When did Windsor Castle catch fire and how much did it cost to restore it? The true story as it is depicted in The Crown series 5
Posted by  badge Boss on Nov 09
The Crown’s fire (right) and the real blaze (left) (Pictures: Splash/ Netflix)

of Netflix’s launched today, and it’s arguably been one of the most divisive seasons yet with before it even aired.

From to fictionalised claims that the-then Prince Charles tried to enlist Prime Minister Sir John Major to persuade the Queen to abdicate, the show has turned the heat on the .

And speaking of turning the heat up, one topic broached in the new series is the real-life fire that tore through .

Here’s a reminder of what caused the infamous fire and the aftermath…

When was the Windsor Castle fire?

The fire started on November 20, 1992.

1992 was already a tough year for the Royal Family – with Charles and Diana’s bitter divorce, Princess Anne’s divorce from Captain Mark Phillips and the split between Prince Andrew and Sarah Ferguson – and one month after the fire, the Queen would refer to 1992 as her ‘Annus Horribilis’ in her Christmas Speech.

The fire capped off an Annus Horribilis for the Queen (Picture: Daily Mirror/Mirrorpix/Getty Images)

‘Annus Horribilis’ is Latin for ‘horrible year’, and details of the fire alone would justify such a claim.

The fire started on the morning of Friday, November 20 and the fires were still burning some 15 hours later.

How did the Windsor Castle fire start?

The fire started in Queen Victoria’s Private Chapel, where a faulty spotlight ignited a curtain next to the altar.

Within minutes the blaze had spread to St George’s Hall next door.

The fire was first spotted around 11.30am and within three hours 225 firemen from seven counties were battling the flames.

During the peak times of the fire, they were having to use 36 pumps, shooting out 1.5million gallons of water.

Were any paintings or pieces of history damaged?

In two acts of good fortune, many priceless artifacts and pieces of art had already been removed due to planned rewiring work.

And secondly, the fire break door at the other end of St George’s Hall wasn’t breached, so the Royal Library was undamaged.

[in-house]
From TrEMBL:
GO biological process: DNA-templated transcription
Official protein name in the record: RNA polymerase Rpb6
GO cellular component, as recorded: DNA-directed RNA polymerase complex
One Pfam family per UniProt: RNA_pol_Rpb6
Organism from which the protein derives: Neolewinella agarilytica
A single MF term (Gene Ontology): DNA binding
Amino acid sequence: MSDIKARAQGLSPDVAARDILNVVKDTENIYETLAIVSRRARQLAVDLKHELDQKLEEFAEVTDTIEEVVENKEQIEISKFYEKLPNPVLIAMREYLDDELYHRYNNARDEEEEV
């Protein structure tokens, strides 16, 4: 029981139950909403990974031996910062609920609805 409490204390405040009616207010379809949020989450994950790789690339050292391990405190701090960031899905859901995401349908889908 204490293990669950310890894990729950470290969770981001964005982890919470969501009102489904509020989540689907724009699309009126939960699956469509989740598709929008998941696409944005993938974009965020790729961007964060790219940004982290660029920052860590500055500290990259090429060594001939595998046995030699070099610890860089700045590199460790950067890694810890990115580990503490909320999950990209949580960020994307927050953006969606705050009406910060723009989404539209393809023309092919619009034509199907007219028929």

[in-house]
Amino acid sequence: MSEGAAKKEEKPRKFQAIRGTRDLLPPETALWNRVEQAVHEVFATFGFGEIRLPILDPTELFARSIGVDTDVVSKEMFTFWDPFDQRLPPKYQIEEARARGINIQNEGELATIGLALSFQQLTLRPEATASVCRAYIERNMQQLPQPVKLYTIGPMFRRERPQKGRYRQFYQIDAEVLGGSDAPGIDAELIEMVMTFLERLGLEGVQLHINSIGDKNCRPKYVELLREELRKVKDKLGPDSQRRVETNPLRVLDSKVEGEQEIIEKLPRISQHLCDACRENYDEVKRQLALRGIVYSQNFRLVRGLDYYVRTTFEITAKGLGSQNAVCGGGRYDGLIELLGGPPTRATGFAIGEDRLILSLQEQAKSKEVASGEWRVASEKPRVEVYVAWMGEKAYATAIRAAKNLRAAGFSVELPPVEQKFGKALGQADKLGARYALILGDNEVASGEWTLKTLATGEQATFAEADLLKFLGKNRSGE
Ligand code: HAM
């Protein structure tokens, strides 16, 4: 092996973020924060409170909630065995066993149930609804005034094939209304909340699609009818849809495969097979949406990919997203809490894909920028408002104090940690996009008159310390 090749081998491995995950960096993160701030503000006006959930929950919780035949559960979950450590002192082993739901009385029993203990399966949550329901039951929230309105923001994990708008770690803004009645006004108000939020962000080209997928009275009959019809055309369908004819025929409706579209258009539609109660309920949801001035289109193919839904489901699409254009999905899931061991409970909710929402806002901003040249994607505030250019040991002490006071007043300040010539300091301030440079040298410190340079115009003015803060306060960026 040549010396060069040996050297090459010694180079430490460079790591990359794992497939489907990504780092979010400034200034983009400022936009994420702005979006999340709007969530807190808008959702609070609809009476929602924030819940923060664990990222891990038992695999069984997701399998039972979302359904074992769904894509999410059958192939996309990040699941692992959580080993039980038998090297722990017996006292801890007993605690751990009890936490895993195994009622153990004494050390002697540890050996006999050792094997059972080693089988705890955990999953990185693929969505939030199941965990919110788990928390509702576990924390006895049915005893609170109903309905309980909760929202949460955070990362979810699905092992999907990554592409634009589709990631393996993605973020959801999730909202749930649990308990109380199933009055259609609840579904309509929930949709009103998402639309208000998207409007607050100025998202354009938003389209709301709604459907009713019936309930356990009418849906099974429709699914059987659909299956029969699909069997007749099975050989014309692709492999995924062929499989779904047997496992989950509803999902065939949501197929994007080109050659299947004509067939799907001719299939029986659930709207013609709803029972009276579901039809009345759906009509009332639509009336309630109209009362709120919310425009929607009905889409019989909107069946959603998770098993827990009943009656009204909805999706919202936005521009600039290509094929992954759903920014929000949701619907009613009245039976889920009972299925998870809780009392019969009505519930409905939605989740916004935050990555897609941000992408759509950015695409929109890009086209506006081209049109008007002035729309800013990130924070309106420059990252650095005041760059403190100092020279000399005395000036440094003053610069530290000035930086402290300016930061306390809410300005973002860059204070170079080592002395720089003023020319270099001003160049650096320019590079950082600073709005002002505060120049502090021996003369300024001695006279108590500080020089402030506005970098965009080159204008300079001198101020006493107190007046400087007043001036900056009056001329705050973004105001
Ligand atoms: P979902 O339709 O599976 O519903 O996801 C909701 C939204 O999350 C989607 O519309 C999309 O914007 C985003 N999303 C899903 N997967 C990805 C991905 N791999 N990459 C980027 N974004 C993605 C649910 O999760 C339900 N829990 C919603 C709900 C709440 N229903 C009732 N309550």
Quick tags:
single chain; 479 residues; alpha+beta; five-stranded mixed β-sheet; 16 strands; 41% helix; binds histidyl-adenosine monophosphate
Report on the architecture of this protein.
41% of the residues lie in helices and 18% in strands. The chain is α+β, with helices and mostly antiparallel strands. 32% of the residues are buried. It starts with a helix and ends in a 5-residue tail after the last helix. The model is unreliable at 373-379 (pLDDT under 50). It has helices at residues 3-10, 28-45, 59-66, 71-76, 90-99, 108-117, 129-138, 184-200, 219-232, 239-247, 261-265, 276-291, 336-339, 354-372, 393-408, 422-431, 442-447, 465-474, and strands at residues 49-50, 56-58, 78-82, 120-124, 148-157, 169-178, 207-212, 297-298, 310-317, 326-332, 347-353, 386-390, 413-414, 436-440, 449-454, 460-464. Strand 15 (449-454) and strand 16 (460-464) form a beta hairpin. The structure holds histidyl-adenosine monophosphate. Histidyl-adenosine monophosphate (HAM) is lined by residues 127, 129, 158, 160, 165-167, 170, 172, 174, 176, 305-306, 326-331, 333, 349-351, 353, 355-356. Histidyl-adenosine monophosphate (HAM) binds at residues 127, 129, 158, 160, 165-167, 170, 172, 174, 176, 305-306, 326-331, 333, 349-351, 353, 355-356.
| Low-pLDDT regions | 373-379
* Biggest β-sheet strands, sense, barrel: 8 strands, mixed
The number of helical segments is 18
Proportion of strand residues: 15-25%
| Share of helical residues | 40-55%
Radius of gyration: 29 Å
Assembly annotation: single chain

Fortunately, only two pieces of art were lost in the fire (Picture: Mathieu Polak/Sygma via Getty Images)
Workers were quick to remove valuable works of art (Picture: Mathieu Polak/Sygma via Getty Images)

Palace staff got to work quickly, removing works of art from the Royal Collection from the path of the fire.

The Castle’s Quadrangle became one of the best museums in the world at one stage, being the refuge point for a collection of fine works plucked out of the path of the fire, including French 18th-century furniture, paintings by Van Dyck, Rubens and Gainsborough, Sèvres porcelain and other priceless treasures.

Just two works of art were lost in the fire – a rosewood sideboard and a very large painting by Sir William Beechey that couldn’t be taken down from the wall in time.

What was the damage to Windsor Castle?

Still, despite saving many treasures and trinkets, the damage hit the tens of millions when it was eventually extinguished at 2.30am on Saturday, November 21.

Several ceilings collapsed across the Castle, and apartments including the Crimson Drawing Room, the Green Drawing Room, and the Queen’s Private Chapel were badly damaged.

St George’s Hall survived with the walls largely intact, but the ceiling had collapsed.

The State Dining Room in the Prince of Wales Tower and the Grand Reception Room were also completely gutted and ruined.

A total of 100 rooms were affected by the fire.

Smaller apartments damaged or destroyed included the Star Chamber, Octagon Room, Brunswick Tower, Cornwall Tower, Prince of Wales Tower, Chester Tower, Holbein Room and the Great Kitchen, which lost its plaster coving and most of the medieval timber.

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What was the aftermath of the fire?

It was initially estimated that it would cost £60million to restore the castle, though the final cost was much lower.

The initial belief that taxpayers would fully fund the restoration led to intense scrutiny of the royals – again with that Annus Horribilis – and this is why Her Majesty Queen Elizabeth II decided to start paying income tax, making her the first monarch to do so since the 1930s.

Photos were released of the Crimson Drawing Room after it was restored after it was by November 1997 (Picture: Bill Rowntree/Mirrorpix/Getty Images)

By April 1993 it was agreed that 70% of the cost would be met by charging the public for entry into the castle precincts and £8 for admission to Buckingham Palace for the following five years.

The Queen also contributed £2million of her own money.

The total cost of restoration ended up being £36.5million.

The Crown seasons 1-5 are available to stream on Netflix now.

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